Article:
§ Mr. SNOWDEN
asked the Secretary of State for the Home Department if members of the police force are permitted to hold meetings for the consideration of their conditions of employment and to make representations to the proper authorities without having to obtain special permission for each such meeting; and, if not, will he consider the desirability of issuing an order granting such permission?
§ Mr. McKENNA
In the Metropolitan Police force the rule that meetings of the police cannot be held without the Commissioner's authority has long been in force, and is well understood. Having regard to the conditions of the Metropolitan Police service, I think the rule must be maintained. Outside the Metropolis, the matter is in the discretion of the local police authority; and I cannot either require or advise them to adopt the course suggested by the hon. Member.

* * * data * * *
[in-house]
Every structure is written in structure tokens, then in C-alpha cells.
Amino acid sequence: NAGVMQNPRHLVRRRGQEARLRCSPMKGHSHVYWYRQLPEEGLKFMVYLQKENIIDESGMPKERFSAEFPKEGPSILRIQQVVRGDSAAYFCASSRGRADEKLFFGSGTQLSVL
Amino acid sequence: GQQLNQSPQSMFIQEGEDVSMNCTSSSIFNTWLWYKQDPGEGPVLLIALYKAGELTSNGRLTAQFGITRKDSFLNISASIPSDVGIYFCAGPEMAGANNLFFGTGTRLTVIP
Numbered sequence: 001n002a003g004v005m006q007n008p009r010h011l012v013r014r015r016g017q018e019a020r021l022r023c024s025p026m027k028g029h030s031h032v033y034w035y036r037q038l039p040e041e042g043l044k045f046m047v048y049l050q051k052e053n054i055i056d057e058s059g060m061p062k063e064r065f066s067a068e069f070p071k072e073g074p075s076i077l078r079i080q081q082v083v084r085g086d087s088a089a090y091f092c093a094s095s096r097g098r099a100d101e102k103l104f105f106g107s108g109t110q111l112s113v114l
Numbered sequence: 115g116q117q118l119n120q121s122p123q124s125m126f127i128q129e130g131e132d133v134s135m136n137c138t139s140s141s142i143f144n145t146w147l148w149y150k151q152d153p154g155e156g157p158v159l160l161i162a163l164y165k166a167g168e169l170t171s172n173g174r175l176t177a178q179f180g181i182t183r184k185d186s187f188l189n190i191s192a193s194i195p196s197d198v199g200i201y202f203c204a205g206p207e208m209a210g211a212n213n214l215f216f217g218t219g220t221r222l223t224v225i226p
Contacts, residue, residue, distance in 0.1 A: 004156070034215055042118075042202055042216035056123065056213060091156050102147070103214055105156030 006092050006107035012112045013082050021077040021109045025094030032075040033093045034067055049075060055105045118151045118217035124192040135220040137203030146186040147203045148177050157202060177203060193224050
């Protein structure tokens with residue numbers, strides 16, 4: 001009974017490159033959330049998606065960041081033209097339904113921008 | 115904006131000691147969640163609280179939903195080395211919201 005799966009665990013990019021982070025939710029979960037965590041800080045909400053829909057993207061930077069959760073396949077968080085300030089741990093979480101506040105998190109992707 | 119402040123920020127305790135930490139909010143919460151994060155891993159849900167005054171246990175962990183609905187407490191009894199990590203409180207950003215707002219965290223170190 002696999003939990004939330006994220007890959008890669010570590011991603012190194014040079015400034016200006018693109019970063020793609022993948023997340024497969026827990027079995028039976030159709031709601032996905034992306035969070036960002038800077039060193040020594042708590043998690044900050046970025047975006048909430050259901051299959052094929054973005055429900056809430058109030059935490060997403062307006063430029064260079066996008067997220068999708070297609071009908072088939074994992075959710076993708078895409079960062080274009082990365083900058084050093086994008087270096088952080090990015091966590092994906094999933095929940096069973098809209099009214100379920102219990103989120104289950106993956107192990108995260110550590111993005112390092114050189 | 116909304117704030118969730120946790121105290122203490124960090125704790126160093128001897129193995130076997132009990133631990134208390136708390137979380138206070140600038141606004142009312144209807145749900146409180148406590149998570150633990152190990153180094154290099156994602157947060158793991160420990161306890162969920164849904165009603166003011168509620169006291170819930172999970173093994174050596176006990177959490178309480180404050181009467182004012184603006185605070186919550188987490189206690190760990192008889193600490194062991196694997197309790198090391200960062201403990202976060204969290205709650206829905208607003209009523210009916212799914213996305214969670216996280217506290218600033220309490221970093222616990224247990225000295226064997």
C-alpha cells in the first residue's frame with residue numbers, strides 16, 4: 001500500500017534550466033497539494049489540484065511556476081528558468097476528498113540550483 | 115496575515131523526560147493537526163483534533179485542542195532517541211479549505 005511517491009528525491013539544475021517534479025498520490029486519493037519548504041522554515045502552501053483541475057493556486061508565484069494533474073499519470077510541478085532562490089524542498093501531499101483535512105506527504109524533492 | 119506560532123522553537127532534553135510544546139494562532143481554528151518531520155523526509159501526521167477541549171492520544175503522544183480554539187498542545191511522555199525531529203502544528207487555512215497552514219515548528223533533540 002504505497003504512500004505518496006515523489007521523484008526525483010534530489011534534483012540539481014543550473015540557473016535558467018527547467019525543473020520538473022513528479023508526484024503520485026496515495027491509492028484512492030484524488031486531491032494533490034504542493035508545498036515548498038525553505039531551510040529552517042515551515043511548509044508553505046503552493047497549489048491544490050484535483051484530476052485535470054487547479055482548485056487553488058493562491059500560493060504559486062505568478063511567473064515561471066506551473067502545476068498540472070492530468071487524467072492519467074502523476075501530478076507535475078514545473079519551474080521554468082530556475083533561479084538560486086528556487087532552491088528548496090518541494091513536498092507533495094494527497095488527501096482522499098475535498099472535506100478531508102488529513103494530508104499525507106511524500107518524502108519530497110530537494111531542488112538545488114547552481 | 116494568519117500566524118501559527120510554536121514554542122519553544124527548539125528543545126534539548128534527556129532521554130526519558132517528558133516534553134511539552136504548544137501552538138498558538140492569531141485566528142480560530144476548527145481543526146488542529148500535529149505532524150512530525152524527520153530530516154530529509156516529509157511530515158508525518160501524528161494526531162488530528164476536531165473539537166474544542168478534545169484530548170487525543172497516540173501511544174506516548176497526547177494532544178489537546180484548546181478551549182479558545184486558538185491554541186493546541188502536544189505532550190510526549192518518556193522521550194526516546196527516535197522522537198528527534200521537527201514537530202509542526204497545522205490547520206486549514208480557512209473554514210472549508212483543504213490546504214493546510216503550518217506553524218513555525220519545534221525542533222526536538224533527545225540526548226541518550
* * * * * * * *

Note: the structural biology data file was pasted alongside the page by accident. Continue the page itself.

§ Mr. TOUCHE
asked the Home Secretary if his attention has been called to the lack of a hospital or nursing home for members of the Metropolitan Police force suffering from ordinary ailments where they can receive proper treatment and attention for which no suitable provision is made at police stations or section houses at present; and is the question of better provision when on the sick list under consideration?
§ Mr. McKENNA
A central police hospital or nursing home for the Metropolitan Police would not be as satisfactory as the existing arrangement under which members of the force who need hospital treatment are admitted to a hospital near to788W their homes, where they can be visited conveniently and without much expense by their families and friends. When the illness does not require hospital treatment, the men are attended at their own homes by the divisional surgeons. Suitable sick rooms are provided for single men at police stations and section houses, where they are treated by the divisional surgeons, unless hospital treatment is necessary. The single men form only one-fourth of the force, and the proportion of sickness among them is very small.